Parvo. The very word spreads dread through a dog person’s bones. Parvo virus is a very contagious disease that can kill a dog in as little as two days. It can be prevented, however. The vaccine, given yearly, does a very good job of protecting a dog from this killer.
Parvo attacks the gastrointestinal tract in dogs and other canines, such as coyotes. The lining of the intestines sloughs off, causing diarrhea, vomiting, fever, loss of appetite, and death. Usually, the first sign is bloody diarrhea. If your dog vomits blood or has bloody stools, rush him to your veterinarian. If the dog is treated immediately with antibiotics to prevent a secondary infection and fluids to prevent dehydration, he may survive. Since these things must be given intravenously, the dog will be in the hospital for a while. Further, even if the dog survives, they may be mentally challenged for the rest of their lives.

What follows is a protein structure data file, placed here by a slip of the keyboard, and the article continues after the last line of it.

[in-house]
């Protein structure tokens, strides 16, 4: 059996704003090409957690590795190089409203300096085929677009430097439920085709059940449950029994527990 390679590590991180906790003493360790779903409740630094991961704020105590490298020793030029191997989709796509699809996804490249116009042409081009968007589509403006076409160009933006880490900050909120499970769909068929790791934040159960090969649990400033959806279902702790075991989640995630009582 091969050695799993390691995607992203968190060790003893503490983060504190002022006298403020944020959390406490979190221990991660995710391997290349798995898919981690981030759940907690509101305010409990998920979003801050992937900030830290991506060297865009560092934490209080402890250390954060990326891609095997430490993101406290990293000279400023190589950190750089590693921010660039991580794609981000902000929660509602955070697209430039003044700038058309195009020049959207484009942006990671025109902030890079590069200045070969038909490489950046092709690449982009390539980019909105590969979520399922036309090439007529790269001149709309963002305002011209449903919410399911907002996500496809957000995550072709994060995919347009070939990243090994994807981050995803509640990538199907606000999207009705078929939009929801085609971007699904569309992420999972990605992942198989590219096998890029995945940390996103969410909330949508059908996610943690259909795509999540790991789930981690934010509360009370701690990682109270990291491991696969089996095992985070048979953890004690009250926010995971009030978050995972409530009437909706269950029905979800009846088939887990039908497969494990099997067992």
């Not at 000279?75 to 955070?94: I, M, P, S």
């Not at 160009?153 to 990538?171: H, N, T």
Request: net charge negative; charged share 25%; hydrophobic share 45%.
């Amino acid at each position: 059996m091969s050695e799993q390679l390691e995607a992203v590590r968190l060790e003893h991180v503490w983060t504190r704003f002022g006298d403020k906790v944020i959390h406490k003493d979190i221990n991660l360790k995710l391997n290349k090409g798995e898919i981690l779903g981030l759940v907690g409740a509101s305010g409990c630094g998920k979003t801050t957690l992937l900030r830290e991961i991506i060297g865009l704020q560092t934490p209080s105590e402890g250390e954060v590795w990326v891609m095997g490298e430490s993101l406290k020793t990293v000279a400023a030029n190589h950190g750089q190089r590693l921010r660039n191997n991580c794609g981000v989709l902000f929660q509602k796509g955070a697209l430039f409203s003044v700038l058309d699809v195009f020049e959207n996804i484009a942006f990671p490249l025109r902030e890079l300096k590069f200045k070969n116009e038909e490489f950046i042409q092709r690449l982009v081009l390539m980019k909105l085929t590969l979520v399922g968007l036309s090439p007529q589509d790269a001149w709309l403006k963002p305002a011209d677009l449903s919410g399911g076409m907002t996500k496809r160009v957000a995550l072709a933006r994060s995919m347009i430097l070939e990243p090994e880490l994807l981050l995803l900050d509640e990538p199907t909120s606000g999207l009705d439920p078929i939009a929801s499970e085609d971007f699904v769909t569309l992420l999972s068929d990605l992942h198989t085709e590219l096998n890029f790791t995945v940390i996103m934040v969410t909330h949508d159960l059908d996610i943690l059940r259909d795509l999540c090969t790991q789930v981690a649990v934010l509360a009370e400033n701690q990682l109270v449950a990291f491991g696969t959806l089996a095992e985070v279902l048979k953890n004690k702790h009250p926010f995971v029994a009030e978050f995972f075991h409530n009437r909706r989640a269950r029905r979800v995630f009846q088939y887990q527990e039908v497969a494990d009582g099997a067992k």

Parvo can live outside the body for a long time. It can live in the soil, on dog toys, in bedding, everywhere an infected dog went. For this reason, the premises must be thoroughly disinfected before another dog is allowed in. Bleach will kill parvo, but not much else works. However, it is very important to clean the premises so another dog does not get sick.
Prevention of parvo comes down to two things: vaccination and avoidance. Puppies should avoid dog parks, walking where there are lots of dogs, and other possible sites for infection until their vaccinations are finished at around four months of age. Adult dogs should be vaccinated yearly and avoid places where known ill dogs have been.
It has become fashionable to decry the over vaccination of dogs. While it may be true that older dogs who primarily stay inside can manage without vaccinations, younger dogs cannot. Parvo kills. When it doesn’t kill, it mentally stunts the dog. The dog you had before the infection is not the same as the dog you have after parvo. Do not risk this disease. Vaccinate on the schedule your veterinarian tells you.